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Sparking Change in the Trades

Electrical apprentice in classroom

After working in the food industry for 15 years, Jenny Conrardy desired a more fruitful life for her and her son. With her passion for creating a cleaner environment, the transition from a career in local and sustainable foods and agriculture to renewable energy and electricity was an easy one to make.

In 2021, Conrardy, of Plymouth, began working at Current Electric in Wauwatosa. Soon after she started, Conrardy proved herself a hardworking, dedicated employee and was selected for an apprenticeship to gain electrical training at Moraine Park. She specializes in solar photovoltaic technology.

“Electrical work is so diverse in terms of the applications—there is always something new to learn and explore,” Conrardy said. “Solar energy is booming, and it is a newer technology, so it is exciting and ever-changing. It’s hard to see what the future will hold, but I am excited to see where this new career path takes me.”

Through the apprenticeship, Conrardy earns a wage while she attends her classes, and her employer pays tuition and book expenses. She attends class one full day every other week, making it easier to maintain income and learn at the same time. She will complete her apprenticeship and earn her journeyworker’s license in 2025. She is the only woman in her class.

“There is a labor gap occurring in the trades right now,” she said. “More people are retiring or leaving the trades than are getting hired. That labor gap paired with a more modern, equality-driven culture means that there is plenty of room for everyone that has a strong work ethic to find a career in the trades.”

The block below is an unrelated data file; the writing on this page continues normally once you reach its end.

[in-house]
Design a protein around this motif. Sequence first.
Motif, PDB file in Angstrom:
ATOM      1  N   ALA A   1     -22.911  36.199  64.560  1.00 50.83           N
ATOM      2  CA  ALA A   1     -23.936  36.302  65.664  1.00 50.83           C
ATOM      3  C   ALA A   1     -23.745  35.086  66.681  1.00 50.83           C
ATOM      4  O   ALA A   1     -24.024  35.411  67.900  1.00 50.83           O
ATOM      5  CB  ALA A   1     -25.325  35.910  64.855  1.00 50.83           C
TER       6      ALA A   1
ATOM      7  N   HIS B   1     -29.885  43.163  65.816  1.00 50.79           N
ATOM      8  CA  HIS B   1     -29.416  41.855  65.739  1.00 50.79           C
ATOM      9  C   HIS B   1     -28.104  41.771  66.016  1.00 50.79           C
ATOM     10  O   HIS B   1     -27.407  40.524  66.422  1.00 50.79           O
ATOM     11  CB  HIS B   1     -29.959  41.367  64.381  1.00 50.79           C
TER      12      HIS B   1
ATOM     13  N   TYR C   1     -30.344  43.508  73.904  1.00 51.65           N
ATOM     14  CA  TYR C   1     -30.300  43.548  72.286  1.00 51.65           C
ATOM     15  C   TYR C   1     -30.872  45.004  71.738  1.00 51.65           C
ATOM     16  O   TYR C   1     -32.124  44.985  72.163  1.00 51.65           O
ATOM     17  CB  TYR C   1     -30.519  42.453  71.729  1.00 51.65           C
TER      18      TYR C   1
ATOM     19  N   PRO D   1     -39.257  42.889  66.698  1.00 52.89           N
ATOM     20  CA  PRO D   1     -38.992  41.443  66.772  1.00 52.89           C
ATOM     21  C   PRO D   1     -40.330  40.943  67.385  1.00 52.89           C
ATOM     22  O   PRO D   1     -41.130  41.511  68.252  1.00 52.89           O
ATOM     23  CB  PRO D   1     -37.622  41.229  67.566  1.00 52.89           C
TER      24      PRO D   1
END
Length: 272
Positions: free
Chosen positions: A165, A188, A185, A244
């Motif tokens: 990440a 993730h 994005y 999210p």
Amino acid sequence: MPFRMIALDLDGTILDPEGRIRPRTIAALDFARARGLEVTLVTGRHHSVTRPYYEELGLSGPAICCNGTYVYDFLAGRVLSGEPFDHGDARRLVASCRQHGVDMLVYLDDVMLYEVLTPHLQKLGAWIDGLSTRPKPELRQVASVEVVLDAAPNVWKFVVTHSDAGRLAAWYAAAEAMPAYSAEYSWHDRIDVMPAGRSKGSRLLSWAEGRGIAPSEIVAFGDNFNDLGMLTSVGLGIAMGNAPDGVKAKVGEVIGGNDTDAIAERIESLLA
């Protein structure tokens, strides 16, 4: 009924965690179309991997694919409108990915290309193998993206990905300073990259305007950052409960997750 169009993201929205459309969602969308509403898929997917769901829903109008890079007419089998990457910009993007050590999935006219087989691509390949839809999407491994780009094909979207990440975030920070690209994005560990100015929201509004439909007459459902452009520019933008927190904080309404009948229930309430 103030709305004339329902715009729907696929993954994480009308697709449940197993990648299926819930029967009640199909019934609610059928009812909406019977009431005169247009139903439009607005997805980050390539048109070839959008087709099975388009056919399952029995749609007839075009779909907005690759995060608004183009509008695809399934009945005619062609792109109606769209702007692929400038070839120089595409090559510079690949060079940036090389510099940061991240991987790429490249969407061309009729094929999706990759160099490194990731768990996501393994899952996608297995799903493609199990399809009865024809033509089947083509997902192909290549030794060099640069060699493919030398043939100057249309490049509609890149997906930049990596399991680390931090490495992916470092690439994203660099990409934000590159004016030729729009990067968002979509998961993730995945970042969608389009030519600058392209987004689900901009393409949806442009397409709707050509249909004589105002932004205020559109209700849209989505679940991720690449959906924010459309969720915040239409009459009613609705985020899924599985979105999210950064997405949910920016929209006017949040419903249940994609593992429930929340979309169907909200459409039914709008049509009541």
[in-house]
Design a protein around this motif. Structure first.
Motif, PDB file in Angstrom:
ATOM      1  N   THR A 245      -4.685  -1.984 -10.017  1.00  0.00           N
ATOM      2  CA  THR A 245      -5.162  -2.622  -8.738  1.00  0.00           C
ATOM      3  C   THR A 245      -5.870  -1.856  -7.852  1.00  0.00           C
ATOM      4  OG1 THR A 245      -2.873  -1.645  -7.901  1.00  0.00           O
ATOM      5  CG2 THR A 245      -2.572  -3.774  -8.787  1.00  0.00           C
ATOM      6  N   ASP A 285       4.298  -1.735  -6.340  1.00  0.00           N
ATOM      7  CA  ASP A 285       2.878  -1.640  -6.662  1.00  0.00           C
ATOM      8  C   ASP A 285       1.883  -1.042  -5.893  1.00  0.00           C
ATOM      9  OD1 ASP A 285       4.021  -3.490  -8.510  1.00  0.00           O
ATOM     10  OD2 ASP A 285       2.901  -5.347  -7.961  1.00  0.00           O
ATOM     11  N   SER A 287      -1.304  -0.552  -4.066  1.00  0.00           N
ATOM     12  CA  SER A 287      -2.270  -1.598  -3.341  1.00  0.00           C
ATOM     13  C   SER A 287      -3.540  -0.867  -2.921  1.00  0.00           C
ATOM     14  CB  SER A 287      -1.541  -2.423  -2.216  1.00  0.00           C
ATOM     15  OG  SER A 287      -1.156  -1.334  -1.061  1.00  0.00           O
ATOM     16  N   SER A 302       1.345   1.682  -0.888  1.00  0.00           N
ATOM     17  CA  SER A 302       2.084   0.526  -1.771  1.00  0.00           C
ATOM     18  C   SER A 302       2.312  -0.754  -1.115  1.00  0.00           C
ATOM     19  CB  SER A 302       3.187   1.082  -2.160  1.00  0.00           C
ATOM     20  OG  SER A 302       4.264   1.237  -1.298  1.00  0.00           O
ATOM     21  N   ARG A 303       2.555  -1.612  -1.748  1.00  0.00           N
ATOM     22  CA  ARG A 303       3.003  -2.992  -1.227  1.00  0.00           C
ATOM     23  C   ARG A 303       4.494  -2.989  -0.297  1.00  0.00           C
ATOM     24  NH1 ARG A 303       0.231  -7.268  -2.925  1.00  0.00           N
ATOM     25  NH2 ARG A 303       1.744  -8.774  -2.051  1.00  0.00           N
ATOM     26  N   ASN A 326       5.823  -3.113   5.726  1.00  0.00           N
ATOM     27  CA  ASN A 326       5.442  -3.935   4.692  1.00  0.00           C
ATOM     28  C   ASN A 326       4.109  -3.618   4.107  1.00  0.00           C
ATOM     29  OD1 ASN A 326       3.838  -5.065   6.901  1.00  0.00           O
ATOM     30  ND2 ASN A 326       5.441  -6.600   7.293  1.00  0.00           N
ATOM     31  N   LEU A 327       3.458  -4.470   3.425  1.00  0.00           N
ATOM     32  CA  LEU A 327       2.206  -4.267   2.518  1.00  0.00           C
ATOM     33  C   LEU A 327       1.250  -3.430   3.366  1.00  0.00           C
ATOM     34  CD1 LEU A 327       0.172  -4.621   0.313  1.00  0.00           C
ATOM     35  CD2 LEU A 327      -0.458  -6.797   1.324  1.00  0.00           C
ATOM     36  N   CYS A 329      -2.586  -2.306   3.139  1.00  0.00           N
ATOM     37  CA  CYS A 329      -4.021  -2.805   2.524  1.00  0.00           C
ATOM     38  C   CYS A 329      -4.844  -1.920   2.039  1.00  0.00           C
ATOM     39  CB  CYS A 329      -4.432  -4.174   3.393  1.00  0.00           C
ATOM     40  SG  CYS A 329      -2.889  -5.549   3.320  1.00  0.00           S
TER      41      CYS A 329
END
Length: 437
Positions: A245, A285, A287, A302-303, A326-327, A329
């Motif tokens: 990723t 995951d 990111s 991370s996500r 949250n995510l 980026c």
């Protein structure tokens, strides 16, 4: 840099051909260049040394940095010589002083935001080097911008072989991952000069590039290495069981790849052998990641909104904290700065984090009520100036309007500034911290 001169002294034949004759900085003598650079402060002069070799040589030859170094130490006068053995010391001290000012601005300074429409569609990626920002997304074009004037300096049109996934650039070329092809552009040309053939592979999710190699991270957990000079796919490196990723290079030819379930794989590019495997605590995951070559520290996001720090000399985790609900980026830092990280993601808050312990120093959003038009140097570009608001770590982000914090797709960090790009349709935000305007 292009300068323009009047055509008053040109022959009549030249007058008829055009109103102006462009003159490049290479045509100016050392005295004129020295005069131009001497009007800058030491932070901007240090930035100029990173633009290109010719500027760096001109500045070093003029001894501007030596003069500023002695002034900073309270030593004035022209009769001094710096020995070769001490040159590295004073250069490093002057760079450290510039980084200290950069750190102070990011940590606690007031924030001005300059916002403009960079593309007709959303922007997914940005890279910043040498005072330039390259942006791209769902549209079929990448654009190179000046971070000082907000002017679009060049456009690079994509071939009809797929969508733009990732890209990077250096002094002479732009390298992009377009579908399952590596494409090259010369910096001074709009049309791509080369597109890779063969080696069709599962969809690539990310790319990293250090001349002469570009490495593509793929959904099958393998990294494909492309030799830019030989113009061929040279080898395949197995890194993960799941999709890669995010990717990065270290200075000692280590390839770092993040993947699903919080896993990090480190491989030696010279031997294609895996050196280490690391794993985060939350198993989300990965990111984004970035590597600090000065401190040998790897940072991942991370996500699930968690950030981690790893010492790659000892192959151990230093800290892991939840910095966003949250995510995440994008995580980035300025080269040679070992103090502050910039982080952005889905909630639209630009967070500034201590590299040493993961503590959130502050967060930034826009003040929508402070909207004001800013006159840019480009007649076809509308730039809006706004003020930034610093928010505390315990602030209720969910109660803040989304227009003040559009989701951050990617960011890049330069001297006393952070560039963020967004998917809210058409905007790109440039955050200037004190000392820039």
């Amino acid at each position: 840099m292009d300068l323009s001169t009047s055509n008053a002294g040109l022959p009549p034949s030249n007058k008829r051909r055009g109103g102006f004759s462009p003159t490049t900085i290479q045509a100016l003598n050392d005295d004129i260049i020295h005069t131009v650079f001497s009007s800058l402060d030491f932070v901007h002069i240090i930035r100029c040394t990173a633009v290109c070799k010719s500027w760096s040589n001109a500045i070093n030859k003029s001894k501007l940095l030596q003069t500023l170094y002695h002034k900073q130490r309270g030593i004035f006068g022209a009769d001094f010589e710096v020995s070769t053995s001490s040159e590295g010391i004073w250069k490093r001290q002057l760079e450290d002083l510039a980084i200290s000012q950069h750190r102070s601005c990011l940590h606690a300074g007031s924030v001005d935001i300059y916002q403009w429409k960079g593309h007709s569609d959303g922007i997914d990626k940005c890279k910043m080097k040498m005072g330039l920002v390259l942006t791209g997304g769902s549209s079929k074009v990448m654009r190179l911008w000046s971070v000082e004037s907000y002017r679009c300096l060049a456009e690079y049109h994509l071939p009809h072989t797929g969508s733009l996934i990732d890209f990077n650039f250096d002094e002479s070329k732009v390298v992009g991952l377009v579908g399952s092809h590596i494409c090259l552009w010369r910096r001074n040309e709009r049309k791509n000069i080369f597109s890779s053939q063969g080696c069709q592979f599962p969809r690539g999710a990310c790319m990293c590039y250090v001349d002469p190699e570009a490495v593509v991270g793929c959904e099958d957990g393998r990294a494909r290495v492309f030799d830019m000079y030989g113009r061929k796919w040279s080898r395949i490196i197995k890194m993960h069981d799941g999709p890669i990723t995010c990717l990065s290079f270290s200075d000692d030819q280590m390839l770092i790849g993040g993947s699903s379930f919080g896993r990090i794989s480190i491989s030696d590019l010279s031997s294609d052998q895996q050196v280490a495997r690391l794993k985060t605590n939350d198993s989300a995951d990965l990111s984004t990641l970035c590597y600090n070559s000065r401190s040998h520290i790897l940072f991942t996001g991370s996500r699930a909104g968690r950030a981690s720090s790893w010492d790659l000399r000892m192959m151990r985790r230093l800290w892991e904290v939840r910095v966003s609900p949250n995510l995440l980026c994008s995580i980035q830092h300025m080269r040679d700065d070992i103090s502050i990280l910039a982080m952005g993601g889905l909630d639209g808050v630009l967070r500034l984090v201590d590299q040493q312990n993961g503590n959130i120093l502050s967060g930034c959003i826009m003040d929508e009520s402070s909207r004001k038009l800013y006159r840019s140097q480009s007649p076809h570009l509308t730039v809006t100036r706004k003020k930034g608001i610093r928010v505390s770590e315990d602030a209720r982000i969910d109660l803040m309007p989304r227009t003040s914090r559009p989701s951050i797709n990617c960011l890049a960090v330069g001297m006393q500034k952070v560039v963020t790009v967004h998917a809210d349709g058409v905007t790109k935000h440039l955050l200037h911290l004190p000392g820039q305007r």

According to the U.S. Department of Labor, only 1.7 percent of electricians in the United States are women.

“The trades are a great fit for any person who loves to work with their hands and problem solve,” Conrardy said. “The trades have historically been a white, male-dominated industry, but I think there is a lot of room and willingness in the industry to open that demographic right now. Not just for women, but also for people of color and the LGBTQ community. I encourage people to take that first step, don’t let anyone say no and keep moving forward.”

MPTC Electricity Instructor, Gus Boyle-Gustavos
Gus Boyle-Gustavos, MPTC Electricity Instructor

“It’s not a secret that trade careers offer high-paying, reliable jobs, and women deserve to have high-paying jobs. My observations have been that many women tend to still believe that trade workplaces are rough and unaccepting,” Gus Boyle-Gustavos, Moraine Park Electricity Instructor, said. “I have been working in male-dominated occupations my entire life and have always had colleagues who want to see me be successful and pave the way for other women.”

March 15th, 2023by Emilie Thielen